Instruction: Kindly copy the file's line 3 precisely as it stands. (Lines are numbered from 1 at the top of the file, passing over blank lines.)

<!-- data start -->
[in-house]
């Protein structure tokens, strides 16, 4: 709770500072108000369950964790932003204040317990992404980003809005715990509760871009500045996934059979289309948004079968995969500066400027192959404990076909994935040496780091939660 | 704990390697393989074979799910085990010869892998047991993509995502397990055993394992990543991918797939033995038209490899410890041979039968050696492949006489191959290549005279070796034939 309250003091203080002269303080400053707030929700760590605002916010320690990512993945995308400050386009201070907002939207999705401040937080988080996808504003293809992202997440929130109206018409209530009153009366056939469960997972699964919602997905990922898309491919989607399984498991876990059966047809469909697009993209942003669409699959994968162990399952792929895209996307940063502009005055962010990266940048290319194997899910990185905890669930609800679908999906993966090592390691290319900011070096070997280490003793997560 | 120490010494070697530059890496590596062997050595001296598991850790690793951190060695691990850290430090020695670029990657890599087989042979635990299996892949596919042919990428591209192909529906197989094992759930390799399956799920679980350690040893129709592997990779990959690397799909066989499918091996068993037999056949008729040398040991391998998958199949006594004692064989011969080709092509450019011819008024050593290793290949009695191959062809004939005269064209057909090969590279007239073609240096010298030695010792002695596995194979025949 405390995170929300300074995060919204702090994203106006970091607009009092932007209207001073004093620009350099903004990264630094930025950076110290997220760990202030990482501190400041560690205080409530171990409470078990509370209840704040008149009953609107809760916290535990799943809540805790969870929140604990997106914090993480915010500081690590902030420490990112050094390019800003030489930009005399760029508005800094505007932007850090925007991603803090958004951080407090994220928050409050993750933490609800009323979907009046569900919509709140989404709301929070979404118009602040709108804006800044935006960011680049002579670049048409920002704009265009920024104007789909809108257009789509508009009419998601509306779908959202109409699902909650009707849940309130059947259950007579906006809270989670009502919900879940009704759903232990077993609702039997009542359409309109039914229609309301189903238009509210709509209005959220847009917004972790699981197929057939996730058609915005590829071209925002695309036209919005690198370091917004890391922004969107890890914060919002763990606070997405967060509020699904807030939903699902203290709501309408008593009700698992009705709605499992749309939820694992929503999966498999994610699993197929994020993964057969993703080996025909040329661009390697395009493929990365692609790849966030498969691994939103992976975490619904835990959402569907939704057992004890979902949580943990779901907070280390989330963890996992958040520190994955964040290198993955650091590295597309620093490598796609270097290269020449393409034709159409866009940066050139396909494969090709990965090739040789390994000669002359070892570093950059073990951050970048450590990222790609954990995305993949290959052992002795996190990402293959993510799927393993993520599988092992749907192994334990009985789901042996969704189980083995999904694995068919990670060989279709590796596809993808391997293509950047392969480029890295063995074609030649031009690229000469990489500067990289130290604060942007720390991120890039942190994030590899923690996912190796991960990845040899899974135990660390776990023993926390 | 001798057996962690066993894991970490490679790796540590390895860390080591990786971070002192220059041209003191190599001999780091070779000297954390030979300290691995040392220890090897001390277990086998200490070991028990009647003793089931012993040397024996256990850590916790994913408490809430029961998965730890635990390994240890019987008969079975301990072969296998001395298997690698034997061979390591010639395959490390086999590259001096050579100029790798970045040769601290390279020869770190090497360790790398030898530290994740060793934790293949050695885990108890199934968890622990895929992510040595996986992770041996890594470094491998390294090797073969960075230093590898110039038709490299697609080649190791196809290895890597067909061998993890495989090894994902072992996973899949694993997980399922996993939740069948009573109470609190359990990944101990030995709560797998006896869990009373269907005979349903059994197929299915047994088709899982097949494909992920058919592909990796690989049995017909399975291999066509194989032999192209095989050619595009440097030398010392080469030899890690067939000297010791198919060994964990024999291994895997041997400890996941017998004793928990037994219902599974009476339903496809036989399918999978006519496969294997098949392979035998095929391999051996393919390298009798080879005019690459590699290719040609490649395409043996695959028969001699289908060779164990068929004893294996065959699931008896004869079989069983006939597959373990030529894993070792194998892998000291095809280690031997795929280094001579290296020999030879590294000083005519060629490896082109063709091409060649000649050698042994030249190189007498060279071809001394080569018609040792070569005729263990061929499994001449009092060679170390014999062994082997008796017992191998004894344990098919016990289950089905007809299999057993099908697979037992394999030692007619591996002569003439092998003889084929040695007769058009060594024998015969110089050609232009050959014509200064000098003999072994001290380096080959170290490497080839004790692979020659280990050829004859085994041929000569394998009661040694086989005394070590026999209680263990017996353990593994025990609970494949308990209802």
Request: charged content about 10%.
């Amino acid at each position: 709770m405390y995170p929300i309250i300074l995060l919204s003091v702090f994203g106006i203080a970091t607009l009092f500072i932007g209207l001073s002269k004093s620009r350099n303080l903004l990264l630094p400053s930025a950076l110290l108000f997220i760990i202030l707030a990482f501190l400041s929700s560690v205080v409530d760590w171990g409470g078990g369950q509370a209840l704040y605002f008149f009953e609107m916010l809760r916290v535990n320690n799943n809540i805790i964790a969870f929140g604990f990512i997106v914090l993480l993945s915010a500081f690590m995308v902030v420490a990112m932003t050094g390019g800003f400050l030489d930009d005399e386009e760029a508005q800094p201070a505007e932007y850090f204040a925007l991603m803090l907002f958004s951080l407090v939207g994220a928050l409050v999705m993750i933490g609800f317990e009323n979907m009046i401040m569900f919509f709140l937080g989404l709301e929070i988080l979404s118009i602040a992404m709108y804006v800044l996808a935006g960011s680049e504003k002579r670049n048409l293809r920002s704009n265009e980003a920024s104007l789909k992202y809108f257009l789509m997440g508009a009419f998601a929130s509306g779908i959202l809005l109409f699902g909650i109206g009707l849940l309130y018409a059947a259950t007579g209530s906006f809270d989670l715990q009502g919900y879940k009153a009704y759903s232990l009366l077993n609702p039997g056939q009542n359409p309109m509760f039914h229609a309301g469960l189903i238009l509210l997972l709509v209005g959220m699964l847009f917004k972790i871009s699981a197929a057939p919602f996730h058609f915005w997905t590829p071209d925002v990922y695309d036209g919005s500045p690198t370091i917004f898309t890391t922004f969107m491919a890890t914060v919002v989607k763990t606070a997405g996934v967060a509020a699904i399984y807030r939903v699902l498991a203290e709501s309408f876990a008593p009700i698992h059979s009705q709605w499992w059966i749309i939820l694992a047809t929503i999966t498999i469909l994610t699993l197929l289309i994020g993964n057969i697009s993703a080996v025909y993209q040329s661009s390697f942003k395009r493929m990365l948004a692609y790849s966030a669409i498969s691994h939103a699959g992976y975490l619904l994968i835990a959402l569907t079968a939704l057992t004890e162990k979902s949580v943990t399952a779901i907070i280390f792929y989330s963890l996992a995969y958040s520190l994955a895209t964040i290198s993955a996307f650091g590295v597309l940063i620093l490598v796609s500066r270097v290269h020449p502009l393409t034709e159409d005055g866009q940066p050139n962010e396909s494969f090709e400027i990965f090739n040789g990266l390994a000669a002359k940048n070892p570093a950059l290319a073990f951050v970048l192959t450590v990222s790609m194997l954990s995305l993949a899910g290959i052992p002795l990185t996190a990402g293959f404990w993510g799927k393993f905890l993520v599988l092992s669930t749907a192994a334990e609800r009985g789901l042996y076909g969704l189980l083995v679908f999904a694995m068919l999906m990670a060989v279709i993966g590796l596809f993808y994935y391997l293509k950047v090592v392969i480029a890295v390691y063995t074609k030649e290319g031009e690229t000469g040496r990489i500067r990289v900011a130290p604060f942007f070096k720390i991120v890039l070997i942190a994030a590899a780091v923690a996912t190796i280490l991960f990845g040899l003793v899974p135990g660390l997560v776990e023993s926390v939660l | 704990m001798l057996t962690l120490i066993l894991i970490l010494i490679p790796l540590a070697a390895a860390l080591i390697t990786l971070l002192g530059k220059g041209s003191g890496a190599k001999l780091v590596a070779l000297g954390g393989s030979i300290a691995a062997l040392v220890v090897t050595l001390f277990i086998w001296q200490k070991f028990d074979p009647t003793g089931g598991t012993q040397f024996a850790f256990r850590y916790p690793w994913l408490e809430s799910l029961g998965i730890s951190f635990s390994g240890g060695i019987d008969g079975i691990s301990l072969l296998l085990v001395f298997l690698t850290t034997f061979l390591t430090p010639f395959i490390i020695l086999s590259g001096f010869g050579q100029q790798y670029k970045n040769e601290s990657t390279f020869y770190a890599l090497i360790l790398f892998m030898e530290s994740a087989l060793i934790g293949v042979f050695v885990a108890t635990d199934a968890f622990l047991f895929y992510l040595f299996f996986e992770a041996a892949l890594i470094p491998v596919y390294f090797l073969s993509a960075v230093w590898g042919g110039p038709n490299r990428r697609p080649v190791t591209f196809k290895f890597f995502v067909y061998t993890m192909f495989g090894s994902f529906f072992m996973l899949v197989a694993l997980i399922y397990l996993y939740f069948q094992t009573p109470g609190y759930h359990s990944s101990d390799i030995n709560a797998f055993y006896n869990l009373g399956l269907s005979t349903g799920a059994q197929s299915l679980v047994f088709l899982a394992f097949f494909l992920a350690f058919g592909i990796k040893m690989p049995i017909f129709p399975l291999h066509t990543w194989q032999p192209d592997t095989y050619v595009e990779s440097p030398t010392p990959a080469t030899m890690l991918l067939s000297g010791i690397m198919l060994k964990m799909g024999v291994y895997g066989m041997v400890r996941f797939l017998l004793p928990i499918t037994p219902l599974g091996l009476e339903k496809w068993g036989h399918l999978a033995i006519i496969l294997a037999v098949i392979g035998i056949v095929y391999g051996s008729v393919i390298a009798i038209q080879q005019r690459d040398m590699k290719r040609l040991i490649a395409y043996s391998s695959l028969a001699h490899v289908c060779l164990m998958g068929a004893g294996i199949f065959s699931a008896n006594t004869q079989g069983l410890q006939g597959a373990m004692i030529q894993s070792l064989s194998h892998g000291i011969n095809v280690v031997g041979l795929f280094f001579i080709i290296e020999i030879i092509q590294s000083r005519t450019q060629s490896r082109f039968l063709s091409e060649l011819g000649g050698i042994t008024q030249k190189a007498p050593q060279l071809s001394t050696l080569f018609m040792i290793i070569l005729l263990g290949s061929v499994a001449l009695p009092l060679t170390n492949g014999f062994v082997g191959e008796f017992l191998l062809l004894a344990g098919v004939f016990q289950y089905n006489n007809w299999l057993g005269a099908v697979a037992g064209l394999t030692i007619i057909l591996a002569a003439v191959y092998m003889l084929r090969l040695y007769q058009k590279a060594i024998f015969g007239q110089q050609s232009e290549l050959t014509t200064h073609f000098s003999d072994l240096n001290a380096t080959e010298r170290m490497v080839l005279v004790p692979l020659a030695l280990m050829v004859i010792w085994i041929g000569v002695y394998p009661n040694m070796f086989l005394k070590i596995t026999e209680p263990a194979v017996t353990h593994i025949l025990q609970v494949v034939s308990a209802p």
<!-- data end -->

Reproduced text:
Request: charged content about 10%.